Before you make any steps to go further into the digital space, you need to get your current channels working for you as best they can.
E-newsletters are a great way to get content out to your current, and potential, students, parents, alumni and agents, along with other stakeholders.
Before you jump in though, assess whether an e-newsletter is right for you, and make a plan to manage it.
How e-newsletters can be used
E-newsletters can be an excellent value-adding tool for keeping connected with:
- Current students
- Parents of current students
- Current and potential partners.
There’s a few potential audiences there, so depending on how many you want to target, you may want to think about whether you need more than one e-newsletter to cover these audiences.
One of the best values from e-newsletters is word-of-mouth marketing. It’s easy for your subscribers to forward your email to a friend or associate, especially with a friendly reminder from you at the end of each issue. It’s also a great way to build your subscriber base and market your offering to people you might not have reached any other way.
Know your goal
As with every marketing and communication tool you use, make sure you know who your target audience is, what they’re interested in, and what your goal is for communicating with them in this way.
And importantly, link your goal to your measures of success.
What kind of e-newsletter do you want to send?
One of the biggest problems with e-newsletters is that they're often cluttered and unfocused because they're trying to talk to everyone and cover every aspect of what you’re doing.
It’s best to have one common thread to hold your e-newsletter together. One way to do this would be to keep to one very specific topic or theme for each issue.
And as always, keep your audience in mind.
Be clear what your e-newsletter will provide
Once you’ve figured out your newsletter’s focus and content balance for each audience, make sure you’re properly communicating about them on your subscribe landing page.
Get specific. Tell potential subscribers the type of information that you’ll have in your e-newsletter and how often you will send them.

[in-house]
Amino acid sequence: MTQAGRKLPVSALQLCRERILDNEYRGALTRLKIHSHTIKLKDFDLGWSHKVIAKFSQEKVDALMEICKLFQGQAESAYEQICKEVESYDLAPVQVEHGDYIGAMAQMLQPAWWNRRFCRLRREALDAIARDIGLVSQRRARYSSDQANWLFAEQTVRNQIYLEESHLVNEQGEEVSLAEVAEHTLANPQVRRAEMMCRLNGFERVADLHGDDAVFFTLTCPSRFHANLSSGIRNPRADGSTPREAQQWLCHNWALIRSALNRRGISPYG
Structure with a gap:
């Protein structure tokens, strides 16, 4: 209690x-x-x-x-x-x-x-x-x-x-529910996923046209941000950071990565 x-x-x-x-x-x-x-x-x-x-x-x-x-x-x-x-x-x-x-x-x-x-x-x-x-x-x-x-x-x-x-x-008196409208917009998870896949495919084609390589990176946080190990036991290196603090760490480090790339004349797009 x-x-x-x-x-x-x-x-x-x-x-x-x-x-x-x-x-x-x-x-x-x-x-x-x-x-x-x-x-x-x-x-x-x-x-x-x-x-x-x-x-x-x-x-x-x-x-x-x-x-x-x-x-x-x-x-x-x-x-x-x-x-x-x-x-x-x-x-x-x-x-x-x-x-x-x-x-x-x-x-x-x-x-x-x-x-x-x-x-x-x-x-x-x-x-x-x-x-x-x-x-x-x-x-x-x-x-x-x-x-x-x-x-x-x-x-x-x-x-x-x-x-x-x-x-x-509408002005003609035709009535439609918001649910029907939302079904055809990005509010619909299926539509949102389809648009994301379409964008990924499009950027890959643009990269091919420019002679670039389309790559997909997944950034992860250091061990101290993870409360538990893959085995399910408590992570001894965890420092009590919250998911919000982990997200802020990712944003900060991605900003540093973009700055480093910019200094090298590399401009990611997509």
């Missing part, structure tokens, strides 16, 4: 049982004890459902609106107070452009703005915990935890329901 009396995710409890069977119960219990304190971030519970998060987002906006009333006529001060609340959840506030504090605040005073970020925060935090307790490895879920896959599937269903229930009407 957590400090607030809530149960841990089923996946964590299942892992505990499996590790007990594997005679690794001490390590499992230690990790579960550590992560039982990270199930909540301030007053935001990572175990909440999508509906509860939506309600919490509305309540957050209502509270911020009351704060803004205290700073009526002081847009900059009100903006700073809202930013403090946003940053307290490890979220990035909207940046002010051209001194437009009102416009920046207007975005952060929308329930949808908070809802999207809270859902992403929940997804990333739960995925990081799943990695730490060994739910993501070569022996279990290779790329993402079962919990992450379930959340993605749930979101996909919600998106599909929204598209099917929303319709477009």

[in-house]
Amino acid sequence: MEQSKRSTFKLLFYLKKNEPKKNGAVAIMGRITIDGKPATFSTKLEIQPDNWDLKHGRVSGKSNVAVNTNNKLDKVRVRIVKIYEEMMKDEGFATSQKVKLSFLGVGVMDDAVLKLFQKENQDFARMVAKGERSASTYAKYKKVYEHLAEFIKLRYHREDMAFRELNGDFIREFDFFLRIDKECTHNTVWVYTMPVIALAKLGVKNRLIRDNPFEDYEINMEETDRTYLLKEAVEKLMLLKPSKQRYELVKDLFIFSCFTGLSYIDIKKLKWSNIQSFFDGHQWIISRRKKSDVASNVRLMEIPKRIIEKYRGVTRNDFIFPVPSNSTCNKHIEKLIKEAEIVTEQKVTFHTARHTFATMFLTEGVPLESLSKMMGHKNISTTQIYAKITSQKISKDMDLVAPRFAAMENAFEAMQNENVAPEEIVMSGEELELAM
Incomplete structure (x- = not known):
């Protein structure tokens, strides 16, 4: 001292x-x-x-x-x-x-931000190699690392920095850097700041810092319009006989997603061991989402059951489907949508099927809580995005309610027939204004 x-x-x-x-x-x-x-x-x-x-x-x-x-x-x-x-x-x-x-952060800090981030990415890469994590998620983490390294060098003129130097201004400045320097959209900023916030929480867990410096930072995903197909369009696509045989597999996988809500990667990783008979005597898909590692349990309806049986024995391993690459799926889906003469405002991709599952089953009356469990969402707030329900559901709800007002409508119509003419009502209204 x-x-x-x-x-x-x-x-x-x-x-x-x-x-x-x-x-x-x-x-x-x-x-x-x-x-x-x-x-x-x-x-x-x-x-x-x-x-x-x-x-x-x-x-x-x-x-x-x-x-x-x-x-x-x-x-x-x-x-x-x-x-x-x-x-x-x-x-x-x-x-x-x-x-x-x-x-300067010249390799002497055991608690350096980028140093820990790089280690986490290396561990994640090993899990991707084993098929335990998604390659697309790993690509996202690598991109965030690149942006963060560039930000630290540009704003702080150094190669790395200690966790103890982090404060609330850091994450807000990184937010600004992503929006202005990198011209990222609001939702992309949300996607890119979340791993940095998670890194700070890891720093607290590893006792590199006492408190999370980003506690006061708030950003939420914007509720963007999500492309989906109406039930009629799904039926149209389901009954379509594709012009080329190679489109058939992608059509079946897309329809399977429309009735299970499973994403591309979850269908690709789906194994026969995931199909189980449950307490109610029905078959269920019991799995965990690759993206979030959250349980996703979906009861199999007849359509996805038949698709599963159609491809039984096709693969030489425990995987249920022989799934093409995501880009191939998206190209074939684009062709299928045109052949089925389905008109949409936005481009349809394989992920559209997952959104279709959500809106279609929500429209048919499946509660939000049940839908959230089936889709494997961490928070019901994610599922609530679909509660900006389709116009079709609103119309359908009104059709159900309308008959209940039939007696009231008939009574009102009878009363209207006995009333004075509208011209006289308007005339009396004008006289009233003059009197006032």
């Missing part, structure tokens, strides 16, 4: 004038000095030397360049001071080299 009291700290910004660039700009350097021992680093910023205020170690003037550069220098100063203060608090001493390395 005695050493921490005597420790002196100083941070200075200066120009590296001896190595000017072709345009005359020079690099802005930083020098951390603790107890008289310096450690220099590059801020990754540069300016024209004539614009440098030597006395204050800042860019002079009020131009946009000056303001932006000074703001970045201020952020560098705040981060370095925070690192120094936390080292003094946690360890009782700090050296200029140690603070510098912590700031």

Stick to simple subject lines
Don’t be too clever with your subject lines. This is particularly relevant when English is a second language.
Aim for subject lines that succinctly tell people what’s inside. It’s good to have something consistent that you use every issue, such as ‘Organisation X January news/update’.
Have a content calendar
Plan your content in advance, and add it into your marketing mix. You should be thinking of all your communication tools as a package. What social media links can you include? What events can you leverage?
An advance plan will mean you can get your content developed ahead of time and have it ready and waiting to go on time.
Set a frequency that suits
Set a frequency for your e-newsletters that suit your audiences, and is manageable for you. It may be fortnightly, monthly, or even quarterly. The frequency of your e-newsletter will also mean looking at content that matches.
Sourcing content providers
Think creatively about who can provide content for you - get your students, past and present, involved and provide opportunities for them to contribute copy. Don’t make it onerous; short stories on their experiences or tips for other students are great ways to get ‘free’ copy. Guest articles are also great. Again, plan in advance and don’t put too much pressure on people to provide you with long pieces of text. Think short and snappy!
Keep design and copy minimal
The trick to making e-newsletters look uncluttered involves two things: concise copy and enough white space in the design.
Keep your copy short. For longer pieces, send them elsewhere (your website or blog for example). Only give your subscribers a taste of your content; enough that they want to click and learn more.